# DoITPoMS

The Scheil Equation

Since the properties of an alloy can depend strongly on the concentration of solutes that it contains, being able to quantitatively predict the concentrations in the solid is desirable, but a mathematical description of solidification is very difficult in the general case. Solutions can be obtained when certain assumptions are made. For example, we can assume:

• There is no diffusion the solid phase, DS = 0. This will hold if the characteristic diffusion distance is much smaller than the length of the sample, $$\sqrt {{D_{\rm{S}}}t}$$ << L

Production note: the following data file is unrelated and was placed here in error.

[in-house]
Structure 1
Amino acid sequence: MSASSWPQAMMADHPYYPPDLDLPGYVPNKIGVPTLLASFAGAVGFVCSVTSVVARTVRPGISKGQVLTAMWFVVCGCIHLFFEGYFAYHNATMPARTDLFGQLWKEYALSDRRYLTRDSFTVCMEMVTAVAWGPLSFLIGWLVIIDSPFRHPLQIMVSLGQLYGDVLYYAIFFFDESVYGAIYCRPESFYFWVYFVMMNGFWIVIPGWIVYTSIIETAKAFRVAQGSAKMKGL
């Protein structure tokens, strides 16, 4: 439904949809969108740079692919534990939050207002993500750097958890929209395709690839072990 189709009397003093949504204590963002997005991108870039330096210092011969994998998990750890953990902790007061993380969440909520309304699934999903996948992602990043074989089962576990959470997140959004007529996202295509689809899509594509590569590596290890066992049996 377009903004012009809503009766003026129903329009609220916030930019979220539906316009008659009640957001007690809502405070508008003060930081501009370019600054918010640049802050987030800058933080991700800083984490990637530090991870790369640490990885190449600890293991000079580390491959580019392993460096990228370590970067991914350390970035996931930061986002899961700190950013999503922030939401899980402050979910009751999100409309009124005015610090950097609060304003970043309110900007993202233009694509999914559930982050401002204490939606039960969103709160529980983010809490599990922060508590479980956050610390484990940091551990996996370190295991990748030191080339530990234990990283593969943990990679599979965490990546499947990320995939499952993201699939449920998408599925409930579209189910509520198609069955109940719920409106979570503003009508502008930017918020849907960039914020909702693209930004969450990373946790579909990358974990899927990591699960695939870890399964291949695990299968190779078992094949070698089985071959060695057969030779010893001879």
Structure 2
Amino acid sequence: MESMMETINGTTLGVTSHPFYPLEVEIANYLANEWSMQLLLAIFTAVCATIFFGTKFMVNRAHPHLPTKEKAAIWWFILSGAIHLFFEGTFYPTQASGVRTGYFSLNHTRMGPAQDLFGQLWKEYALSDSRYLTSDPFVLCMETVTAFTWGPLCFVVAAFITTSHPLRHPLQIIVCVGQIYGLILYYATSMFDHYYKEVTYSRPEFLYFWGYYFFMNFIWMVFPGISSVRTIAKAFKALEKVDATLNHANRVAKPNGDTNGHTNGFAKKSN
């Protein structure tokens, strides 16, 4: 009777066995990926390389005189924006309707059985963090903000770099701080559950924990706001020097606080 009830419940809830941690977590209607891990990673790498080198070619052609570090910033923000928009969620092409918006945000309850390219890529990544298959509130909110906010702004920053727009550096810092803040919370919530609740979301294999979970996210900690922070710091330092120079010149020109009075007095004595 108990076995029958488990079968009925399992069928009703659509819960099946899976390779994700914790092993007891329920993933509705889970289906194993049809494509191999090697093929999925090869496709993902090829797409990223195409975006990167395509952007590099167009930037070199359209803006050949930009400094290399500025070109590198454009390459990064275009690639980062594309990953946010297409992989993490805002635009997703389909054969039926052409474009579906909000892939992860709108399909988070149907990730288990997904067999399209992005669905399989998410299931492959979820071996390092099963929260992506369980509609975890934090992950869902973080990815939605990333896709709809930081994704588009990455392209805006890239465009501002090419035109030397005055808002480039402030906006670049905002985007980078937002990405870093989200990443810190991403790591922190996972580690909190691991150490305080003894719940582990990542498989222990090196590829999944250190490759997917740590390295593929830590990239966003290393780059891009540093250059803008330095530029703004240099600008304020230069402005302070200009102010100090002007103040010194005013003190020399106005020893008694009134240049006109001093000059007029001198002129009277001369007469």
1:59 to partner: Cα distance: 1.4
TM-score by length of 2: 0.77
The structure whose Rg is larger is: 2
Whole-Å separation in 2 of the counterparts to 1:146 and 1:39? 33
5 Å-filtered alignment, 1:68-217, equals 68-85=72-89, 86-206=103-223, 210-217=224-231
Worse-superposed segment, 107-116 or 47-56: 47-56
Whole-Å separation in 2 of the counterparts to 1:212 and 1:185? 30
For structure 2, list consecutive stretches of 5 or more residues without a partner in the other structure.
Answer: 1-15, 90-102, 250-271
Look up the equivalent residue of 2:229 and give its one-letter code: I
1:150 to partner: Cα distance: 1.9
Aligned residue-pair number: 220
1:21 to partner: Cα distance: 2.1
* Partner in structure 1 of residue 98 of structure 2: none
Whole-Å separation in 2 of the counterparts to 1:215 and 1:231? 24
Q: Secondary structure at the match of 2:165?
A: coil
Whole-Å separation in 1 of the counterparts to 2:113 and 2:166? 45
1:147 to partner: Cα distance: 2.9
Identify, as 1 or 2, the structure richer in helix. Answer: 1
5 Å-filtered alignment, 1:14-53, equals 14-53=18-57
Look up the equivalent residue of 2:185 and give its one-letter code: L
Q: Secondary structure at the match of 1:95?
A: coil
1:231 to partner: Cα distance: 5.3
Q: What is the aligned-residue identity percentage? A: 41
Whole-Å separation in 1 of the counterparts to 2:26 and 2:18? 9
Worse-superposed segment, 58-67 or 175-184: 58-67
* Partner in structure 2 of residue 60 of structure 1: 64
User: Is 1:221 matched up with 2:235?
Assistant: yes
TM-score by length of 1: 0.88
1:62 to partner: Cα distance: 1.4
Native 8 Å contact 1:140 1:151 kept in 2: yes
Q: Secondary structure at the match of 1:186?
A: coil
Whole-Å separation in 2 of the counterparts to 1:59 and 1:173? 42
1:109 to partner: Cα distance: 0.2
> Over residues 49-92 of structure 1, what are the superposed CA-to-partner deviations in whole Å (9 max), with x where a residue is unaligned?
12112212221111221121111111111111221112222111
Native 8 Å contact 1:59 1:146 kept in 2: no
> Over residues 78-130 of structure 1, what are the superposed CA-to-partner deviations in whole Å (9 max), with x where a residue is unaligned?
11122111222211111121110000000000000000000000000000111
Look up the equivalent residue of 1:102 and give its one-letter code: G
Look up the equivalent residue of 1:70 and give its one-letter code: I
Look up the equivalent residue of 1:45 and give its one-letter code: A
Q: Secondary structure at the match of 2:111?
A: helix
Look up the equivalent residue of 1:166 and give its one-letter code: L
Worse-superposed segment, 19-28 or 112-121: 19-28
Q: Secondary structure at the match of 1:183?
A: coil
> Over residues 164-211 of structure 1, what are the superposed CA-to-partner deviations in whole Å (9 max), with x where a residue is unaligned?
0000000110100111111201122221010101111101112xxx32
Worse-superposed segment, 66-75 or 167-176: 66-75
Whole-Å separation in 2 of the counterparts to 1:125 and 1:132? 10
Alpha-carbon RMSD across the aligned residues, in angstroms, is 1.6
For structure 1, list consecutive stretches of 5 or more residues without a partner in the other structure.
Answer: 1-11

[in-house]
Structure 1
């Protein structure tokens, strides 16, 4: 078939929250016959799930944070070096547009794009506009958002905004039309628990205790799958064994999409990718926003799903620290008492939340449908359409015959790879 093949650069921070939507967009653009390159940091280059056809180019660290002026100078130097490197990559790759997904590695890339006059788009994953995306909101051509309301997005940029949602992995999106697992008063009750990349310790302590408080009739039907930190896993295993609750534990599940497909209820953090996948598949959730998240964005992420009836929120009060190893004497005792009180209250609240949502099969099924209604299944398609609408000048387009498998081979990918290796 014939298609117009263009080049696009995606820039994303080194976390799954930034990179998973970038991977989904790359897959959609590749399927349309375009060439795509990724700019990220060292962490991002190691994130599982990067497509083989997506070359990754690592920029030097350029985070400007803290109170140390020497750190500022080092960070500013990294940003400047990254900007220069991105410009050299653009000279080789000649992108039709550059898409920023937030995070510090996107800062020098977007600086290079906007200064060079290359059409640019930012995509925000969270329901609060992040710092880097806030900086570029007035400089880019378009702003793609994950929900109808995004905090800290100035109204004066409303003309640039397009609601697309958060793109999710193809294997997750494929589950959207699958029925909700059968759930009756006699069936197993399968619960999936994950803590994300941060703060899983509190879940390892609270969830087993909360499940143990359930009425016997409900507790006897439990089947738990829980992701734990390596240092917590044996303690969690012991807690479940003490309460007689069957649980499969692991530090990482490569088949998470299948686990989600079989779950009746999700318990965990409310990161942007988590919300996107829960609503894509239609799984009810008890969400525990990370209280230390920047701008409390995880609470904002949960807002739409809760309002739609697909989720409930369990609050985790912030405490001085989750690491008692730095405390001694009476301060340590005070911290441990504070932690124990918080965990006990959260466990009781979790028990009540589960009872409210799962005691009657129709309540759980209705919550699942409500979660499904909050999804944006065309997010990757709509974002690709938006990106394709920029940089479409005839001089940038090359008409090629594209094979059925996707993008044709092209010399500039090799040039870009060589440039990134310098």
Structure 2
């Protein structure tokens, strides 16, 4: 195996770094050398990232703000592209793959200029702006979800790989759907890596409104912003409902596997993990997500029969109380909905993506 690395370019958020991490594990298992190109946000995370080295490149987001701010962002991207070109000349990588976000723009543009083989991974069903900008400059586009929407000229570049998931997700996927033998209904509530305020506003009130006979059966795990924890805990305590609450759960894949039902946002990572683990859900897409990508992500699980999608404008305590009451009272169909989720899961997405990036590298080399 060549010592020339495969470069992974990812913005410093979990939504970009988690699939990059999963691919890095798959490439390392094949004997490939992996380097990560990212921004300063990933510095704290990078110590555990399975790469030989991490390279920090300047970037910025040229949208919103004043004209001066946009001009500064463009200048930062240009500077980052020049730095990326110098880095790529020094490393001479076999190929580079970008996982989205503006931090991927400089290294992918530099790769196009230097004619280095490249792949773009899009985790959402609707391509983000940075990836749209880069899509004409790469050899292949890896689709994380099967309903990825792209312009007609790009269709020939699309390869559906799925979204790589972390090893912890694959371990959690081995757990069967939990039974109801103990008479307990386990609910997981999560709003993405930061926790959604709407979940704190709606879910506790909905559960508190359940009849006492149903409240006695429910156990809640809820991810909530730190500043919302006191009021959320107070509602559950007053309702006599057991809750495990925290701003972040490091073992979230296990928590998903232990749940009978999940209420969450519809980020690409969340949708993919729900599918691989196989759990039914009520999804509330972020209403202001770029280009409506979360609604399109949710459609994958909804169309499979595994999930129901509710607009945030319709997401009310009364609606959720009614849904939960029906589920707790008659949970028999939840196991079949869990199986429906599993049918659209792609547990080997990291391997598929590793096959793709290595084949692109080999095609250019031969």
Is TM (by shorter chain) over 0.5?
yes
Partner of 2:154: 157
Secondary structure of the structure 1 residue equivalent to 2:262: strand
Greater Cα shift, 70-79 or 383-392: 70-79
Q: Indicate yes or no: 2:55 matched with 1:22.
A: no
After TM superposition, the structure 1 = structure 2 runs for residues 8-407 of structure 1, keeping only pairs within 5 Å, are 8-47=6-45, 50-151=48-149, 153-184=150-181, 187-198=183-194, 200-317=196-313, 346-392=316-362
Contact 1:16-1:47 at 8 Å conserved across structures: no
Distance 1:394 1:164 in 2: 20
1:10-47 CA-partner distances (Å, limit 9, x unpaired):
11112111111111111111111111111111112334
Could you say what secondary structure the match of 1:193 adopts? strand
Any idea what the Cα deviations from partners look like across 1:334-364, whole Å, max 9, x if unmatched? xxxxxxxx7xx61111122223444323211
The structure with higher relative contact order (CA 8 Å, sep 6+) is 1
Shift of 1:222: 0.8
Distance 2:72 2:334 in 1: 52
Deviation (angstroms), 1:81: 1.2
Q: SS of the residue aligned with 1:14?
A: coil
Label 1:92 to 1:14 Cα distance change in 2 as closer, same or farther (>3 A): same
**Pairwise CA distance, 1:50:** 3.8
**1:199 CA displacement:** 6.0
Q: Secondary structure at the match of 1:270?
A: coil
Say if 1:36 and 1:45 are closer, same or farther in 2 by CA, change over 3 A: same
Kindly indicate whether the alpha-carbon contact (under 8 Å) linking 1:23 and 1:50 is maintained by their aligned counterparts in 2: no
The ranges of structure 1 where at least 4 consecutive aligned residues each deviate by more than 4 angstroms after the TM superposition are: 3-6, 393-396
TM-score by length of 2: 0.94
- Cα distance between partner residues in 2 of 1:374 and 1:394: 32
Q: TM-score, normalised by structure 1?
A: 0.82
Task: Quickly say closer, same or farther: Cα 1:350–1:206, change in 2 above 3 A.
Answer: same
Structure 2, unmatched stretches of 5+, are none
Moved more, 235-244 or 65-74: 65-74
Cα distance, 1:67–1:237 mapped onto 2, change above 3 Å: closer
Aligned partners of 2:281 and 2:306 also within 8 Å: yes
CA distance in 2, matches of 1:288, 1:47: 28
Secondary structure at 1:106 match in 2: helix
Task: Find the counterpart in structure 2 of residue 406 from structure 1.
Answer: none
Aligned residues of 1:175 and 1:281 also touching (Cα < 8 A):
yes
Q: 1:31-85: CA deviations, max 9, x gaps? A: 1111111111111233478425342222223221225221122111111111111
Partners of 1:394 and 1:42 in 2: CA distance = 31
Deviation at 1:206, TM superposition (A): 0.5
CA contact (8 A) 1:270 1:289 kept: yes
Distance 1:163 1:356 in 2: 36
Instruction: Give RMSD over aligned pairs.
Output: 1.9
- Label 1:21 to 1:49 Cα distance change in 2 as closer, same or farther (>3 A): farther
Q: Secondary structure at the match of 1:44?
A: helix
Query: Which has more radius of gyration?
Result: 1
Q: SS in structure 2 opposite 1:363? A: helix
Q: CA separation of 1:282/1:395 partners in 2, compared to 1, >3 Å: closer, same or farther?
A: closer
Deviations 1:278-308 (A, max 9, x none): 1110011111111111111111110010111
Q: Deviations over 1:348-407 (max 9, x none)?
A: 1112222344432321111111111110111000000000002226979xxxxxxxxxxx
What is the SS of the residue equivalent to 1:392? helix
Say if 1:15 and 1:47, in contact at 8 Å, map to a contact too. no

• There is complete mixing in the liquid phase, giving a uniform concentration in the liquid. This may occur because of convection, or can be aided by mechanical mixing.

Using these assumptions we can derive the Scheil equation, which describes the composition of the solid and liquid during solidification, as a function of the fraction solidified. Work through the animation to see how the conditions required to derive the Scheil equation are obtained:

Equating the amount of solute in the shaded areas gives:

CL - Cs ) df = ( 1 - f ) dC

Solving this gives us the Scheil equation, for the profile of solute in the completely solidified bar:

Cs = k C0 ( 1 - fs )k-1

where CS is the concentration of solute in the solid, at a fractional distance along the bar, fS, C0 is the initial concentration of the liquid, and k is the partition coefficient.